Macro Analysis /
Pakistan

New IMF program to effect a tough FY20 Budget, but policy clarity is a much-needed positive

    Raza Jafri
    Raza Jafri

    Executive Director, Research

    Intermarket Securities
    13 May 2019

    The IMF has reached a staff-level agreement with Pakistan for a 39-month Extended Fund Facility amounting to about US$6bn. This economic plan will now be presented to the IMF’s management and Executive Board, subject to the implementation of prior actions by Pakistan. Reportedly, the program will likely be complemented by US$2-3bn from other multilateral agencies, resulting in an effective program size much higher than US$6bn.          

    Some of the policy actions Pakistan may take ahead of program entry could include:

    • A further increase in interest rates. That said, given that a 500bps hike has already taken place in this cycle, and that real interest rates stand between +2.0 and +2.5% (measured against the April CPI reading), we believe further rate hikes may be relatively moderate, in the 100bps-200bps range.  
    • More PKR depreciation, possibly by 5-10%. Even though the IMF has indicated its desire for a “market-determined exchange rate”, we think this could effectively mean net zero intervention by the SBP on an annual basis (intervention may still take place selectively e.g. when large oil payments are due). Similar to our thoughts on interest rates, we do not see the need for a very large adjustment to the PKR given: (i) the PKR has already depreciated by 25%+ vs. the US$; (ii) the REER has been driven down to 104; and (iii) the 1QCY19 current account deficit has annualized to a manageable 2.3% of GDP. Beyond the immediate-term, we believe PKR depreciation is likely to take place gradually, in contrast to the step-ladder pattern of the past.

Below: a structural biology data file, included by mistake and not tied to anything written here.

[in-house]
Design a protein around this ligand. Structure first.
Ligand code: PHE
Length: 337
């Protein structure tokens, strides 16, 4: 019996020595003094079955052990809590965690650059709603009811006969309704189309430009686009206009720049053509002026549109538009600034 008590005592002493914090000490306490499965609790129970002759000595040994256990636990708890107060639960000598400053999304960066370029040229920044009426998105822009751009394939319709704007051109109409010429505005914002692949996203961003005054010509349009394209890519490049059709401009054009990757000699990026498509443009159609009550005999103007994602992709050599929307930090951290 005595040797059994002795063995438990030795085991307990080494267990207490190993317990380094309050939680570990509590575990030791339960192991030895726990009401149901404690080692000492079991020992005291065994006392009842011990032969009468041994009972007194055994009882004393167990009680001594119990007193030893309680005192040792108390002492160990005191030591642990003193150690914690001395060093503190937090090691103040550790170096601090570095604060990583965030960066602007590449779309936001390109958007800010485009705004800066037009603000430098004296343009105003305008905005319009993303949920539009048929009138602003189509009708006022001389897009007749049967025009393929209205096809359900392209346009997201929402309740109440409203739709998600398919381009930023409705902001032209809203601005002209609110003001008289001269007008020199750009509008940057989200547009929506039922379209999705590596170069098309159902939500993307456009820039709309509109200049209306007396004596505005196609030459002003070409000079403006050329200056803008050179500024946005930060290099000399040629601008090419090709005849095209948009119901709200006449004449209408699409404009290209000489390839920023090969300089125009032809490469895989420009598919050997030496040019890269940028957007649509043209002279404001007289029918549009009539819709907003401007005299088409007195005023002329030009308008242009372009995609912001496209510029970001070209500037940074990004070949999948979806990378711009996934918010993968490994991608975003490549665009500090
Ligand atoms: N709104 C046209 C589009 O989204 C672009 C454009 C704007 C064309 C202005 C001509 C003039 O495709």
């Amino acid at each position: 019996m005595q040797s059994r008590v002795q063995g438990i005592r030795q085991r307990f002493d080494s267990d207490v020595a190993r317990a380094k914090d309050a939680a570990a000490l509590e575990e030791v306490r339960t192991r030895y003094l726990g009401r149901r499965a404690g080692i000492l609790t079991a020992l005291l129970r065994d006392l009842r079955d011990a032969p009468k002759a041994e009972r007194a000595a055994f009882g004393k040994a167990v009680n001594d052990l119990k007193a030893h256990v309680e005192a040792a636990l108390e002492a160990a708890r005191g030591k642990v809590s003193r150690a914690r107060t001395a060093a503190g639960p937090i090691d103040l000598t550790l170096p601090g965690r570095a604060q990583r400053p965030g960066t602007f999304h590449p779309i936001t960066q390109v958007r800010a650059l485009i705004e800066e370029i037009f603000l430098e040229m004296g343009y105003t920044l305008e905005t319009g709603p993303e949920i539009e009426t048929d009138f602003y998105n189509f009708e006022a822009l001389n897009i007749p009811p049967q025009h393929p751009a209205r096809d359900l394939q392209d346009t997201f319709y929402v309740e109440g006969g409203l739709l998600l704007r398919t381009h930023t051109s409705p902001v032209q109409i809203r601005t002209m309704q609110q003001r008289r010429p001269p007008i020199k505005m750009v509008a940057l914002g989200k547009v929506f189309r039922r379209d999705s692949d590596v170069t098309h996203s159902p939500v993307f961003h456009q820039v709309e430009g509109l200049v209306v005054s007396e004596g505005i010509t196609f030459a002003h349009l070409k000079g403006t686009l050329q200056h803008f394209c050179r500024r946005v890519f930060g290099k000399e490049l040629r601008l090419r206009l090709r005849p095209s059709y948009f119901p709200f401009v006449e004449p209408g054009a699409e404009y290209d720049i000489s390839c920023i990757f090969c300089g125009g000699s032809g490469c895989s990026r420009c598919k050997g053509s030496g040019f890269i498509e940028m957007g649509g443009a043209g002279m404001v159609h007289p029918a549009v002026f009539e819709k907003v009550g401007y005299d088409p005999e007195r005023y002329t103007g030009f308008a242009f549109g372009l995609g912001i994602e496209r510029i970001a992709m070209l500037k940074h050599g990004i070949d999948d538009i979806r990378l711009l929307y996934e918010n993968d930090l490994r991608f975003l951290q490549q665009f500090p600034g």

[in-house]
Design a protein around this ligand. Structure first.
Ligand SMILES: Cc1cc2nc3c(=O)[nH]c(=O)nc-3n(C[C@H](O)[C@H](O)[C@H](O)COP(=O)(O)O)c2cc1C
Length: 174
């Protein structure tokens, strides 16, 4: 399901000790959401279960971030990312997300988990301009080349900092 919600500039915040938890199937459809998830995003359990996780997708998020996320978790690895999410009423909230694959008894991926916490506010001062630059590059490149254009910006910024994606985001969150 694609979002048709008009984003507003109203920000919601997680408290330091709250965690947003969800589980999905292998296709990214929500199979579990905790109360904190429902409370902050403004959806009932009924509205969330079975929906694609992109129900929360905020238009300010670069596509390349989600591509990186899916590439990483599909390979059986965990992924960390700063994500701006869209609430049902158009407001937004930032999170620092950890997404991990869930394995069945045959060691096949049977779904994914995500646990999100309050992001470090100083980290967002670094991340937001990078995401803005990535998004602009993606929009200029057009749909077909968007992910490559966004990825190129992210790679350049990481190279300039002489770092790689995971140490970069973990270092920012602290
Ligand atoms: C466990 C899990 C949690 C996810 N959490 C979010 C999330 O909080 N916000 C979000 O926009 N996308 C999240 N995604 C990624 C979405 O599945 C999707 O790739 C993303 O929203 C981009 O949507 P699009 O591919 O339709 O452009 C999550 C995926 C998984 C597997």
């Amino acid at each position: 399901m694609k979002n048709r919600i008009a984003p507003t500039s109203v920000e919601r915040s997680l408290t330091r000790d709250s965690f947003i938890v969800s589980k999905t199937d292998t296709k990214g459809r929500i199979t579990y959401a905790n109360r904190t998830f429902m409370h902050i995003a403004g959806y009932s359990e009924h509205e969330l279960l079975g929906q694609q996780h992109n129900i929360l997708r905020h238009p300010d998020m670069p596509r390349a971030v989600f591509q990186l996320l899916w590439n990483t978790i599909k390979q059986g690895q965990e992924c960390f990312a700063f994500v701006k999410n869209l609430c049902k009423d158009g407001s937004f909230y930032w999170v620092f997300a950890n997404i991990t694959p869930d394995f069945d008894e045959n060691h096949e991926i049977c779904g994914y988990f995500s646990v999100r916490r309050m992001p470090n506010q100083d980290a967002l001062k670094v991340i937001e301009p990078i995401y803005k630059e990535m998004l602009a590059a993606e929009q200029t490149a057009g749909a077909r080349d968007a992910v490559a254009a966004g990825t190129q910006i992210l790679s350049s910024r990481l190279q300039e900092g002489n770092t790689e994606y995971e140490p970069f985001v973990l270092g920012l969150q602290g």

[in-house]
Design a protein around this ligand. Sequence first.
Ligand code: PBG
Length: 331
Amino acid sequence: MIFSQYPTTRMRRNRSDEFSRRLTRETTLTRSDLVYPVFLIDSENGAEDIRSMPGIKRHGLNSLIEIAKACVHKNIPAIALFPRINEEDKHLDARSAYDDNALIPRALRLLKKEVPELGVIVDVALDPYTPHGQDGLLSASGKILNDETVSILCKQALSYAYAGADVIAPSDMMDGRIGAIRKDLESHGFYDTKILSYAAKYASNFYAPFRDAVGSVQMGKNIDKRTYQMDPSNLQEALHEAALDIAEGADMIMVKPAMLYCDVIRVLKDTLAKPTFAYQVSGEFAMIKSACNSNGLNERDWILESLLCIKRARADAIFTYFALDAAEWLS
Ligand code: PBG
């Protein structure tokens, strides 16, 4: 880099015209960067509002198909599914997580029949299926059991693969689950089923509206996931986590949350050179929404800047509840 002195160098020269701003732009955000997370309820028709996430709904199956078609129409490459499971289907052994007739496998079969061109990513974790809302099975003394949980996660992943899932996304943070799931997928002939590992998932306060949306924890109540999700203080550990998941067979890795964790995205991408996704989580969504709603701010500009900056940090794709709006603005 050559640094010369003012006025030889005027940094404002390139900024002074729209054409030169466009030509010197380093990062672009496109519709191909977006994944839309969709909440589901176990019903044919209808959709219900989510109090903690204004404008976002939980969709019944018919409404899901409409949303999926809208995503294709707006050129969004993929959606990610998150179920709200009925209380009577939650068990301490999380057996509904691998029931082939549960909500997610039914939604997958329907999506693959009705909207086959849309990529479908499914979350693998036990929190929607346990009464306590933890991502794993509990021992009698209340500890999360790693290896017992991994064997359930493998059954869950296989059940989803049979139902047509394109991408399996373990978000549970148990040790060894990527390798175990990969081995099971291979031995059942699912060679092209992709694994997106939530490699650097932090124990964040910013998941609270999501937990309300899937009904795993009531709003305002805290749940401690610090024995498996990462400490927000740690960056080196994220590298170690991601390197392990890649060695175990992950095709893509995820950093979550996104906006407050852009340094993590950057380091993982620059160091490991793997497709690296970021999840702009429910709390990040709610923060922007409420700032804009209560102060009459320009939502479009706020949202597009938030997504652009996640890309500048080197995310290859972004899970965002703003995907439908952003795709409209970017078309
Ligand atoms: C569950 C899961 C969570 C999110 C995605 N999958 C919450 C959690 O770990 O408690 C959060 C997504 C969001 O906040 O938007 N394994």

• Deep fiscal tightening, with the IMF hoping to see the primary deficit restricted to 0.6% of GDP in the upcoming FY20 Budget. This will take place through a combination of revenue generation (higher GST) and administrative measures (reduced exemptions) under the new FBR Chairman, as well as cost recovery via a phased increase in power tariffs. The development budget could also see a reduction, although essential spending will not be compromised. Interestingly, the IMF has flagged the improved running of public enterprises as a priority area, rather than a clear push for a privatization program. The IMF has also pointed towards the need for improved revenue distribution between the centre and the provinces, but we continue to believe this will be politically difficult. As with prior periods of economic consolidation, GDP growth will likely only gradually increase from a c 3% reading in 2019f. 

    The upcoming IMF program will usher in the last phase of economic belt-tightening that has been in place over the last eighteen months. However, it may also provide a foothold to the equity market, by providing policy clarity and encouraging more foreign investors to return (net year-to-date FPI inflow stands at c US$45mn). Valuations are supportive of a market rebound, with Pakistan trading at a 2019f P/E of 7.2x vs. a cross-cycle average of about 9.0x. The 2020f P/E of 6.1x is even more appealing, driven by a robust earnings growth outlook for the Banking sector, which has a c.27% weight in the KSE-100 index.